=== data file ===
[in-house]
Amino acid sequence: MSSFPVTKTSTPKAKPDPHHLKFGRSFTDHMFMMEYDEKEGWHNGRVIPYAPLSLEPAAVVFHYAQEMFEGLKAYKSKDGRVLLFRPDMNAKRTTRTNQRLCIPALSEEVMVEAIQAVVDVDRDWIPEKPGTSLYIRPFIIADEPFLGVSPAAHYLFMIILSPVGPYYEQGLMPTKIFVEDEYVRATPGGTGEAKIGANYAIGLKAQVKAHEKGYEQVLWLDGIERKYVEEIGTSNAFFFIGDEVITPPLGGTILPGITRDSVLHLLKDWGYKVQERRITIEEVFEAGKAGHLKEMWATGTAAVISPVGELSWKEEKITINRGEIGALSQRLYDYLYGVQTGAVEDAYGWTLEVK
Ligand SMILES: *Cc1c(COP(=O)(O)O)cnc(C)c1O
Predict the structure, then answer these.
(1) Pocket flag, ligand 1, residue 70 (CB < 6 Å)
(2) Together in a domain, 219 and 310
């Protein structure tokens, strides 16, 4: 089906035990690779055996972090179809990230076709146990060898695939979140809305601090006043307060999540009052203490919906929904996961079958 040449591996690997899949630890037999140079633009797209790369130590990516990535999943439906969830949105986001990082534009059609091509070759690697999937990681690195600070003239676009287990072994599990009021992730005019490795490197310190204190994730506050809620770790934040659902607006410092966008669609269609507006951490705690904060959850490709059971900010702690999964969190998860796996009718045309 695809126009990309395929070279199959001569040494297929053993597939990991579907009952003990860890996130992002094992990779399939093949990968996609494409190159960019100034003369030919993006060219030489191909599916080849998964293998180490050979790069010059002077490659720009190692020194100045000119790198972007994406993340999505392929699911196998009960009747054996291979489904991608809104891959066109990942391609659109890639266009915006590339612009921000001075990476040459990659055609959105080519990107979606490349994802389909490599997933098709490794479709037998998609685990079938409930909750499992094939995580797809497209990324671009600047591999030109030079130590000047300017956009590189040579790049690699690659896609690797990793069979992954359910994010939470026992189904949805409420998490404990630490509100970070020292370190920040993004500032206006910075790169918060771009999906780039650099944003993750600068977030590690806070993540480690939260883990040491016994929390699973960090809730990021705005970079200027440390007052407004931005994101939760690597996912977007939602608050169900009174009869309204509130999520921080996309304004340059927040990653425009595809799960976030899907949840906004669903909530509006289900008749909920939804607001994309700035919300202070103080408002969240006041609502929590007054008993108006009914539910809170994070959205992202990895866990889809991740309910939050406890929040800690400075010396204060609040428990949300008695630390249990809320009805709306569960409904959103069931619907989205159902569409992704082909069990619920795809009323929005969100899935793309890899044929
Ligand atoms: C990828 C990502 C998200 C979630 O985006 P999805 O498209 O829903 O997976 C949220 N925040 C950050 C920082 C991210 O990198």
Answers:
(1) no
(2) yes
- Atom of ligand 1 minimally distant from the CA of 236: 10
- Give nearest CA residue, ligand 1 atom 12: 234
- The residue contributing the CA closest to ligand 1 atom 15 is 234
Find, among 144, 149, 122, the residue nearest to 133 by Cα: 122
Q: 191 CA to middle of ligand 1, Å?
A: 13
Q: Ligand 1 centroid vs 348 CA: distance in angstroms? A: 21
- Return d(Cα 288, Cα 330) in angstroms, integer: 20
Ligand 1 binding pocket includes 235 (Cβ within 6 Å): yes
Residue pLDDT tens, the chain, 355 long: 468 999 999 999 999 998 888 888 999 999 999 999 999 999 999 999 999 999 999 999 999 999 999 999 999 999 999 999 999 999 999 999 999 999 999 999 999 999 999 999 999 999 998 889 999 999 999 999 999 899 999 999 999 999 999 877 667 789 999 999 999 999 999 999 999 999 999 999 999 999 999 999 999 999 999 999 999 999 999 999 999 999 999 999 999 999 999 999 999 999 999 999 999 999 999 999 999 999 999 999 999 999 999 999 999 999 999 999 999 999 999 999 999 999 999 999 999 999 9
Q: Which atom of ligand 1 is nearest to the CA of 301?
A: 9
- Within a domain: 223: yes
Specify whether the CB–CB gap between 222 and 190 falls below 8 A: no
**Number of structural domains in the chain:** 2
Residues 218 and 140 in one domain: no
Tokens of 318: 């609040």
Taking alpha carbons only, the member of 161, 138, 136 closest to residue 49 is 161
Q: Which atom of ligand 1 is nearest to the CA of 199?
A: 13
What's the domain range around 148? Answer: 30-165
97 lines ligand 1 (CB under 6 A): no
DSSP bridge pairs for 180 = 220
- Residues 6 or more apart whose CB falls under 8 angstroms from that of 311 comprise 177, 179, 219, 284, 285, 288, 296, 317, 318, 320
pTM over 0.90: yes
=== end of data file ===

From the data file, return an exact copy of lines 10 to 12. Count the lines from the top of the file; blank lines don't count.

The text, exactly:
(1) no
(2) yes
- Atom of ligand 1 minimally distant from the CA of 236: 10